Land Council given no notice of Bill to extinguish claims

Land Council given no notice of Bill to extinguish claims

Land Council given no notice of Bill to extinguish claims

24 October 2014

The New South Wales Aboriginal Land Council (NSWALC) was not given notice about legislation introduced into Parliament this week that aims to retrospectively extinguish hundreds of Aboriginal land claims, some dating back as far as two decades.

NSWALC Chairperson, Cr Craig Cromelin revealed that no attempt had been made by the Government to consult with the Land Council over the Bill introduced by Crown Lands Minister, Kevin Humphries late on Tuesday afternoon.

Cr Cromelin said the legislation was punitive and unnecessary. The intent of the Aboriginal Land Rights Act is to compensate Aboriginal peoples for dispossession. This Bill significantly undermines this intent.

The Crown Lands Amendment (Public Ownership of Beaches and Coastal Lands) Bill followed a recent Land and Environment Court ruling that granted an Aboriginal claim over an area of land known as 'Red Rock', near Coffs Harbour. Orders made in the Red Rock case resulted in land that included a significant stretch of beach and foredune being transferred to an Aboriginal Land Council, subject to easements for public access.

In his second reading speech introducing the Bill, Minister Humphries said the legislation was necessary to "ensure certainty and consistency in beach access and environmental management."

However, Minister Humphries neglected to inform Parliament that the Red Rock land was only returned to Aboriginal people subject to public access in perpetuity.

"I think the lack of consultation and the misleading nature of Minister Humphries' speech was deliberate." Cr Cromelin said.  "There is not a single example in NSW of an Aboriginal land claim preventing public access to a beach and Minister Humphries knows that."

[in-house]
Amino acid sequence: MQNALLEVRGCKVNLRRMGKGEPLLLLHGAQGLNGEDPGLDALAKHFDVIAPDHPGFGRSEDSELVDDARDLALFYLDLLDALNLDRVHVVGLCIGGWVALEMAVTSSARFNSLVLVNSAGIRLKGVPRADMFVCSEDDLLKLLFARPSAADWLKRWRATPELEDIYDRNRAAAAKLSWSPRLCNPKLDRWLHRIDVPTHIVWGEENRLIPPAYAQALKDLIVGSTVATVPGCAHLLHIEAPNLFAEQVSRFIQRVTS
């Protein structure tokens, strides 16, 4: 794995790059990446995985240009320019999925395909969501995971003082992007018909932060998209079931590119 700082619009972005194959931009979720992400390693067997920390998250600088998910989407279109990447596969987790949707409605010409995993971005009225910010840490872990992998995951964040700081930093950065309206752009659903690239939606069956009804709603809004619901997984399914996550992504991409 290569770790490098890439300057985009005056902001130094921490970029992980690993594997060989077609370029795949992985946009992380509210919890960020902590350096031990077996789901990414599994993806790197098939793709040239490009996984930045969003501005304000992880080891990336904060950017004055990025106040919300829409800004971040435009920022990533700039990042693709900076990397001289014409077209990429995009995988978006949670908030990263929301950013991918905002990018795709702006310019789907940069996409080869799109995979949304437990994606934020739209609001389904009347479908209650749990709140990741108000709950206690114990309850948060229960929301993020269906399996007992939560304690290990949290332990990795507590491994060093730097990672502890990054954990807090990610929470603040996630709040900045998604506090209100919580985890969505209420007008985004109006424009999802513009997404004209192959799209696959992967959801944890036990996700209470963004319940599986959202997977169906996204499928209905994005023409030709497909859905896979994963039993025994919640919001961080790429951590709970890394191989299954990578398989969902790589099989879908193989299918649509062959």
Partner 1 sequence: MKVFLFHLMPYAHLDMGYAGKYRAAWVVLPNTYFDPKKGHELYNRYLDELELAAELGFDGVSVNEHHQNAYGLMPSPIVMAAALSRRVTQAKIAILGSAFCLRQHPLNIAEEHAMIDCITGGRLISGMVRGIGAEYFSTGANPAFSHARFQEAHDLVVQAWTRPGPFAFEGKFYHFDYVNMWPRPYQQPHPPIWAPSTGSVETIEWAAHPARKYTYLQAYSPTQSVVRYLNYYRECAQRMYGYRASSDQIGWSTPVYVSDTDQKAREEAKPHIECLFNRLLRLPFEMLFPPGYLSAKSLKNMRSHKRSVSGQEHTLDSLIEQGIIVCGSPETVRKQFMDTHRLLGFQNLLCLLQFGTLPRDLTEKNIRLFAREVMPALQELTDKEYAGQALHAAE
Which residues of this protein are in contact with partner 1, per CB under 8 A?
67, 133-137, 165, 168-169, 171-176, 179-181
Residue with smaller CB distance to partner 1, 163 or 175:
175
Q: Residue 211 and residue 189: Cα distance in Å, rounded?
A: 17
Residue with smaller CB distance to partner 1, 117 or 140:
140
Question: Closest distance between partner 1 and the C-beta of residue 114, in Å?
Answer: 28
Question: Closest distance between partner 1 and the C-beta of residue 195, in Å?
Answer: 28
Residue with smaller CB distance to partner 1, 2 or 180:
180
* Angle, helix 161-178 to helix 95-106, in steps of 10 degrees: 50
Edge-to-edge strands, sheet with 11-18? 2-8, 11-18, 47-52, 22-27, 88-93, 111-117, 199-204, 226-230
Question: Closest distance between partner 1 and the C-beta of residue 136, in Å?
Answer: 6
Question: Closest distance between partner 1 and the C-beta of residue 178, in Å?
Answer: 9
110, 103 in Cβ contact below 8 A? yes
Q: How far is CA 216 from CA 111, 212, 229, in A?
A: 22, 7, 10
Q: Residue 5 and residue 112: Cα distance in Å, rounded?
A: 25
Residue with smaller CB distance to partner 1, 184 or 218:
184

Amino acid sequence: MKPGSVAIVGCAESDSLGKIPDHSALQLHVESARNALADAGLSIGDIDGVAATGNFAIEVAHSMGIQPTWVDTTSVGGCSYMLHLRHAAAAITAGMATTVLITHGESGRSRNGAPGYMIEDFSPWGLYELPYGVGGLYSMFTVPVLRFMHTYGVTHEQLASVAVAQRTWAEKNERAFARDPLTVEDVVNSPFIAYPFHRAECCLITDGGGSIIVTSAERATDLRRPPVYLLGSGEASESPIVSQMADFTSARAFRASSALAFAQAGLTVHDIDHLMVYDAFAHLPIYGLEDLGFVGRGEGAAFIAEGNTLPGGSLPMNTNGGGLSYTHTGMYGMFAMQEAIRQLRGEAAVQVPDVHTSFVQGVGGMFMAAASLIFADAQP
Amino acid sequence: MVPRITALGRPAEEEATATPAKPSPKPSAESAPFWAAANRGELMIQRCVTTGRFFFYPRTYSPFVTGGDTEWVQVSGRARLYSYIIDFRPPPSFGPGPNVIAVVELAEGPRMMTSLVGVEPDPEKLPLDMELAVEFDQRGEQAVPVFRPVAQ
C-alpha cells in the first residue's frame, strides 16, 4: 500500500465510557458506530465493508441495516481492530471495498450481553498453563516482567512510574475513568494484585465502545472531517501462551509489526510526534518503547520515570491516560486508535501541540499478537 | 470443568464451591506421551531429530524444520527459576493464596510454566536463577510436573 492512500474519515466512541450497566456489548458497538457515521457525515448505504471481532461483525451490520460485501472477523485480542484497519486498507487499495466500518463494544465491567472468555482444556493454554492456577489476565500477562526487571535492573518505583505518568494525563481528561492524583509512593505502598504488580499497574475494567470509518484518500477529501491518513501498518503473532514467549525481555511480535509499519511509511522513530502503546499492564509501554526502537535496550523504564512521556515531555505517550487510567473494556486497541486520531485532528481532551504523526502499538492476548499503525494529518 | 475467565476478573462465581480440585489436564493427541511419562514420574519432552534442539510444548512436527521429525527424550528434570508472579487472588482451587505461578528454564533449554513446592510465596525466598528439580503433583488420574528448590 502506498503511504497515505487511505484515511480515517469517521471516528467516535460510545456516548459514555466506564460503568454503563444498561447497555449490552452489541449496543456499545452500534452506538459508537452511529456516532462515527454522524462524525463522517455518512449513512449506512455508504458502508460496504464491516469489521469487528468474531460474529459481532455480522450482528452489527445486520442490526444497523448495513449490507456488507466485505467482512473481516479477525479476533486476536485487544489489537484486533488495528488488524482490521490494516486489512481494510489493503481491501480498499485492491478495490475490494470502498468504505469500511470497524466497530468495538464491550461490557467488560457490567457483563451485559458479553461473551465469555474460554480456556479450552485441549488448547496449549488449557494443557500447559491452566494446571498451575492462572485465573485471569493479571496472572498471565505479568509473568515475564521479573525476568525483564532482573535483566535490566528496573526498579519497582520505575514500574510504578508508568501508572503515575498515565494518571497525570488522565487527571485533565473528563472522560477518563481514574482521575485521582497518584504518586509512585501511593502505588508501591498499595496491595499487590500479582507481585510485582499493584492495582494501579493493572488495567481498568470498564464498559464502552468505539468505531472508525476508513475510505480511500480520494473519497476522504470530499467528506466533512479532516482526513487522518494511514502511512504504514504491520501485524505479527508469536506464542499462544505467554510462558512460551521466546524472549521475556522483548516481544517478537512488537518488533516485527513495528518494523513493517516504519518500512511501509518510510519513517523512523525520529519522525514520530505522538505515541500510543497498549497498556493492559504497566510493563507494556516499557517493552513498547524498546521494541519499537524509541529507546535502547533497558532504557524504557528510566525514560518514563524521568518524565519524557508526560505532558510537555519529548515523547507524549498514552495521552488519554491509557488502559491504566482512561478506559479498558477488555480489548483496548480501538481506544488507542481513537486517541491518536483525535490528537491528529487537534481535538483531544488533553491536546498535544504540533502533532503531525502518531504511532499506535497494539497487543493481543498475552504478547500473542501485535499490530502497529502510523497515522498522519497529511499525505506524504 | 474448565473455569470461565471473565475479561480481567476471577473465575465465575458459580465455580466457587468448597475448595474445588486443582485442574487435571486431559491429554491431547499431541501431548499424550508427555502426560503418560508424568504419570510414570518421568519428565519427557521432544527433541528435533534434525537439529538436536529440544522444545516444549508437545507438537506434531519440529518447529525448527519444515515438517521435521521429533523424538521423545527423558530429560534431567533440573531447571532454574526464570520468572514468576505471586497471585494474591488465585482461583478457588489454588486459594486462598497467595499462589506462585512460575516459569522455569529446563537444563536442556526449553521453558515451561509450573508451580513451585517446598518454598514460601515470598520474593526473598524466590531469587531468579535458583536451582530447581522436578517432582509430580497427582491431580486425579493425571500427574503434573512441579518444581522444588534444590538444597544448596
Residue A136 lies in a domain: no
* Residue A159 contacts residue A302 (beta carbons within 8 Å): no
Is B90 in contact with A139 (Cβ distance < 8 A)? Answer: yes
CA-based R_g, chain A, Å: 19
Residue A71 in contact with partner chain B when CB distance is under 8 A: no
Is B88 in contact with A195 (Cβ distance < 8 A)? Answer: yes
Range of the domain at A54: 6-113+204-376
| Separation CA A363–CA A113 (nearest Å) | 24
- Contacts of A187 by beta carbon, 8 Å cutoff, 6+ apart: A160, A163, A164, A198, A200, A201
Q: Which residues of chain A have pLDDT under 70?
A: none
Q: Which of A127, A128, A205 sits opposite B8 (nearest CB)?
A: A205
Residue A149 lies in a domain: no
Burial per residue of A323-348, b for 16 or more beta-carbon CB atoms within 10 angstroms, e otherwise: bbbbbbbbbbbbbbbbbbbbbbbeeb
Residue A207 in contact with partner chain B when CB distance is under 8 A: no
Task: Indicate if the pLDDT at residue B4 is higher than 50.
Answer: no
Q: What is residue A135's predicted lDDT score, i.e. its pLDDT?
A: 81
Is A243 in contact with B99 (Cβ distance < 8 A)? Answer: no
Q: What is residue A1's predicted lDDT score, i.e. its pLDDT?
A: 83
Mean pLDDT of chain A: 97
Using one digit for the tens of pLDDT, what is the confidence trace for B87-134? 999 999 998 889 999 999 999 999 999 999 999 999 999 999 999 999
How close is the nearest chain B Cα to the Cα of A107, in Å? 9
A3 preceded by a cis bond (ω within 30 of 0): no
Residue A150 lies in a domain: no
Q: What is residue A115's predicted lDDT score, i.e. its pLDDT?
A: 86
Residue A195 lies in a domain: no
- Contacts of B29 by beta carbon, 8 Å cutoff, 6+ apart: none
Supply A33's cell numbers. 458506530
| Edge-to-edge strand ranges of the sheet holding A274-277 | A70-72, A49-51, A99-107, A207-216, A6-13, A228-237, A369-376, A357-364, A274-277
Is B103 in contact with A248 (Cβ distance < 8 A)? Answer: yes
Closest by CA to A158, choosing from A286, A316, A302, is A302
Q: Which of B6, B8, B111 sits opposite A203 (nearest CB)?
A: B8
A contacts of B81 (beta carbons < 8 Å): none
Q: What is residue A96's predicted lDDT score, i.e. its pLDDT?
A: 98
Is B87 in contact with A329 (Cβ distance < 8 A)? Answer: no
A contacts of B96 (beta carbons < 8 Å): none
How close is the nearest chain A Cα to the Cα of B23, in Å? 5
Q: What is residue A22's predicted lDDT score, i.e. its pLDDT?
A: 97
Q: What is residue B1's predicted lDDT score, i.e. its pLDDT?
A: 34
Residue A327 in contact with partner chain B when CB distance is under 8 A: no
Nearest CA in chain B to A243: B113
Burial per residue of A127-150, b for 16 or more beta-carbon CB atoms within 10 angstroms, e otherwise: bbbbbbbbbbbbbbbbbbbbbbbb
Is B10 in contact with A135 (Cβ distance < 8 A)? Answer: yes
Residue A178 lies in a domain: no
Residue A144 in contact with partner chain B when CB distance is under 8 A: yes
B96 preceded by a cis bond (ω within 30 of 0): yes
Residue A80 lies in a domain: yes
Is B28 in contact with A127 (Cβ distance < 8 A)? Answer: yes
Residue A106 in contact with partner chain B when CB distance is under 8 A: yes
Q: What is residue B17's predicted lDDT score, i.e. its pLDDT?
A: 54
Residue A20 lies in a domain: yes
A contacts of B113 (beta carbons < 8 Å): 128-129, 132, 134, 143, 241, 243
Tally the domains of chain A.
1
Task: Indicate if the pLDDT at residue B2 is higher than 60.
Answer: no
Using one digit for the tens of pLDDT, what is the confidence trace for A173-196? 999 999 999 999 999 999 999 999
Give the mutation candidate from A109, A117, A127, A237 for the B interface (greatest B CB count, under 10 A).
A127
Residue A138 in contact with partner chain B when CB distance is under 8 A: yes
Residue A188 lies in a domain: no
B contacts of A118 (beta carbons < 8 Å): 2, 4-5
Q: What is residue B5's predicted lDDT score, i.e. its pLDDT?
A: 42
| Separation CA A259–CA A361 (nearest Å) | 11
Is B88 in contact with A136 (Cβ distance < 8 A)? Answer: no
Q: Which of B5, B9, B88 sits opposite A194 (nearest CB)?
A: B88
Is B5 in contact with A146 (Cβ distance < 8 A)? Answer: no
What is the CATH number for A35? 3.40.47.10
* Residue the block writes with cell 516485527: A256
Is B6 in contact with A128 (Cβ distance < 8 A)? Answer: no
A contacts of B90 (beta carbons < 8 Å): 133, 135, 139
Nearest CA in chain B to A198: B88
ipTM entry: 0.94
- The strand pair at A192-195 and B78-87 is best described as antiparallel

Cr Cromelin said that NSWALC had told the NSW Government that it is always keen to discuss mechanisms to address any concerns the Government may have had as a result of rulings like the one on Red Rock.

"Yet, no attempt has been made to consult with the people most affected by this legislation," he said.

Cr Cromelin said that he feared the Minister was attempting to start a divisive debate about land rights ahead of the Government's proposed Crown Lands Amendment legislation.

"In light of the Minister's conduct, NSWALC seeks a commitment from the Premier that his government's Crown Lands legislation will not prevent or reduce unused Crown land that is available for claim under the Aboriginal Land Rights Act," he said.

Cr Cromelin also urged all parties to oppose the Crown Lands Amendment Bill when it returns to the Parliament, currently scheduled for 4 November.

________________________________________________________________________

Media contact: Gary Highland on 0418 476 940